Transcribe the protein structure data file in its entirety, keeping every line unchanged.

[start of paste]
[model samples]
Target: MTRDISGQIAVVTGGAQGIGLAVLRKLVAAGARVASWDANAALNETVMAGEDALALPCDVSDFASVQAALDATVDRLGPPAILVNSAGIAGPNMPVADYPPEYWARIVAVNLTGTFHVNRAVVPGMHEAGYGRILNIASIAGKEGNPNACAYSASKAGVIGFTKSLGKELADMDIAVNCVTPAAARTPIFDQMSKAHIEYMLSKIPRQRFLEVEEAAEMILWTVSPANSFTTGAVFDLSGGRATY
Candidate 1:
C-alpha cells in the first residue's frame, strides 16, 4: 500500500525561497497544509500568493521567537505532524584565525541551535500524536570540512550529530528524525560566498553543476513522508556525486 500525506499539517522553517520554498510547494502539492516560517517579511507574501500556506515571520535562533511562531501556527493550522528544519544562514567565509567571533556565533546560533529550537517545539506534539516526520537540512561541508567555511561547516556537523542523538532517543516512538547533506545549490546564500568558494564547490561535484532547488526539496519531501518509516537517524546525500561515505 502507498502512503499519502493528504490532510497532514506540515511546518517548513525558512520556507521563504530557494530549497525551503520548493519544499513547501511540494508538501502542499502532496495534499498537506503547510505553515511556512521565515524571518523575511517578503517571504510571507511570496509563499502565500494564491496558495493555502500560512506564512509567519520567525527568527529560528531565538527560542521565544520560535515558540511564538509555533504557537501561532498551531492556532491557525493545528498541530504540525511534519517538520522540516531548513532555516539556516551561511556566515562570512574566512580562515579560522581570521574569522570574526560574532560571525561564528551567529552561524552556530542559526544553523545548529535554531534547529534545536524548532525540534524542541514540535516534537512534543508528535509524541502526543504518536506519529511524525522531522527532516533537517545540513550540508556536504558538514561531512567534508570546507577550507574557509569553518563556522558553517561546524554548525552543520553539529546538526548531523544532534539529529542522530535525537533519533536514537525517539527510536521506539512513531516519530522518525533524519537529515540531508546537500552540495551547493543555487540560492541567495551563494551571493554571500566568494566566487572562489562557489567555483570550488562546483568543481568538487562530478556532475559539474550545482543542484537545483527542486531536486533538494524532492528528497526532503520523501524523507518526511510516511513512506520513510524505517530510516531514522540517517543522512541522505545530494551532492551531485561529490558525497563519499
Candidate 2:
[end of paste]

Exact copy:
[model samples]
Target: MTRDISGQIAVVTGGAQGIGLAVLRKLVAAGARVASWDANAALNETVMAGEDALALPCDVSDFASVQAALDATVDRLGPPAILVNSAGIAGPNMPVADYPPEYWARIVAVNLTGTFHVNRAVVPGMHEAGYGRILNIASIAGKEGNPNACAYSASKAGVIGFTKSLGKELADMDIAVNCVTPAAARTPIFDQMSKAHIEYMLSKIPRQRFLEVEEAAEMILWTVSPANSFTTGAVFDLSGGRATY
Candidate 1:
C-alpha cells in the first residue's frame, strides 16, 4: 500500500525561497497544509500568493521567537505532524584565525541551535500524536570540512550529530528524525560566498553543476513522508556525486 500525506499539517522553517520554498510547494502539492516560517517579511507574501500556506515571520535562533511562531501556527493550522528544519544562514567565509567571533556565533546560533529550537517545539506534539516526520537540512561541508567555511561547516556537523542523538532517543516512538547533506545549490546564500568558494564547490561535484532547488526539496519531501518509516537517524546525500561515505 502507498502512503499519502493528504490532510497532514506540515511546518517548513525558512520556507521563504530557494530549497525551503520548493519544499513547501511540494508538501502542499502532496495534499498537506503547510505553515511556512521565515524571518523575511517578503517571504510571507511570496509563499502565500494564491496558495493555502500560512506564512509567519520567525527568527529560528531565538527560542521565544520560535515558540511564538509555533504557537501561532498551531492556532491557525493545528498541530504540525511534519517538520522540516531548513532555516539556516551561511556566515562570512574566512580562515579560522581570521574569522570574526560574532560571525561564528551567529552561524552556530542559526544553523545548529535554531534547529534545536524548532525540534524542541514540535516534537512534543508528535509524541502526543504518536506519529511524525522531522527532516533537517545540513550540508556536504558538514561531512567534508570546507577550507574557509569553518563556522558553517561546524554548525552543520553539529546538526548531523544532534539529529542522530535525537533519533536514537525517539527510536521506539512513531516519530522518525533524519537529515540531508546537500552540495551547493543555487540560492541567495551563494551571493554571500566568494566566487572562489562557489567555483570550488562546483568543481568538487562530478556532475559539474550545482543542484537545483527542486531536486533538494524532492528528497526532503520523501524523507518526511510516511513512506520513510524505517530510516531514522540517517543522512541522505545530494551532492551531485561529490558525497563519499
Candidate 2: